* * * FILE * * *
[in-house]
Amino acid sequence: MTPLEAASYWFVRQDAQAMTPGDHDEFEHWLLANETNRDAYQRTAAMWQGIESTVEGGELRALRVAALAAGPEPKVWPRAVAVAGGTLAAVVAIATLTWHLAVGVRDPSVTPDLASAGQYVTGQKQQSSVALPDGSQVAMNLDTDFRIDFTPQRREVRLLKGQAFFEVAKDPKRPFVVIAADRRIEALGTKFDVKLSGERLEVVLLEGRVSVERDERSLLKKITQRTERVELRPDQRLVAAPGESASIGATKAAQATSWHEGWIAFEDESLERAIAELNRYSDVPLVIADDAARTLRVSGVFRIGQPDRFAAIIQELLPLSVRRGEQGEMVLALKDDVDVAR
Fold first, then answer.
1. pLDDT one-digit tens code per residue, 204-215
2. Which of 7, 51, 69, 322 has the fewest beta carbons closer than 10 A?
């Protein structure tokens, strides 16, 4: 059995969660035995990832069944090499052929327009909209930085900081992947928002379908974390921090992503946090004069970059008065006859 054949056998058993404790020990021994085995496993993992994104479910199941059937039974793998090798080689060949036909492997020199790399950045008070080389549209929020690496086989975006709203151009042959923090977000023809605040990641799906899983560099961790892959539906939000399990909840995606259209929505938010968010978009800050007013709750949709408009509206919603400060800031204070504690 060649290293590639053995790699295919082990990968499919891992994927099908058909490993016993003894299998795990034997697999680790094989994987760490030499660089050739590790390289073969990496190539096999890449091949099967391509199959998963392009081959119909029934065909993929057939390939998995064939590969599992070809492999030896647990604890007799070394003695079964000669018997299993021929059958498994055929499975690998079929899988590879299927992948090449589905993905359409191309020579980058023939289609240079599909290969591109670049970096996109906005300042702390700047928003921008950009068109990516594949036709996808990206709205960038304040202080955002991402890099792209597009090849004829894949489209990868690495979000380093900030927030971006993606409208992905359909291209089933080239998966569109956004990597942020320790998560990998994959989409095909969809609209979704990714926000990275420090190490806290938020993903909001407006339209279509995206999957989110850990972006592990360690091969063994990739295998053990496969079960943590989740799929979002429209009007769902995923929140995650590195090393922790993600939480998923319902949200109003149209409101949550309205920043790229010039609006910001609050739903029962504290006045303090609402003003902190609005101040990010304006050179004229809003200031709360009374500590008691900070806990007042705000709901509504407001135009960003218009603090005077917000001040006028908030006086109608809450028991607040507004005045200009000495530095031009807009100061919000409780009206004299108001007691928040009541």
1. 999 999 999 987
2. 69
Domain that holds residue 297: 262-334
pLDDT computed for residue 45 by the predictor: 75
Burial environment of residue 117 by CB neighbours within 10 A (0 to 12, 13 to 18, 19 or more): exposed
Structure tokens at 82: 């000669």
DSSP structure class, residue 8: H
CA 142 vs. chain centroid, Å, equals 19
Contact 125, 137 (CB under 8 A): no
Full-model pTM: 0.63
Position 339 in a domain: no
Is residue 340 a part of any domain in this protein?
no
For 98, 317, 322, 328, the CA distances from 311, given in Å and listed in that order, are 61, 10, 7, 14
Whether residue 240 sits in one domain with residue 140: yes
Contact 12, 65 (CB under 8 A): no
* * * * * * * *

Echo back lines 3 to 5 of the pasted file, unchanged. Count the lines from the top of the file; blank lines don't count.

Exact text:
Fold first, then answer.
1. pLDDT one-digit tens code per residue, 204-215
2. Which of 7, 51, 69, 322 has the fewest beta carbons closer than 10 A?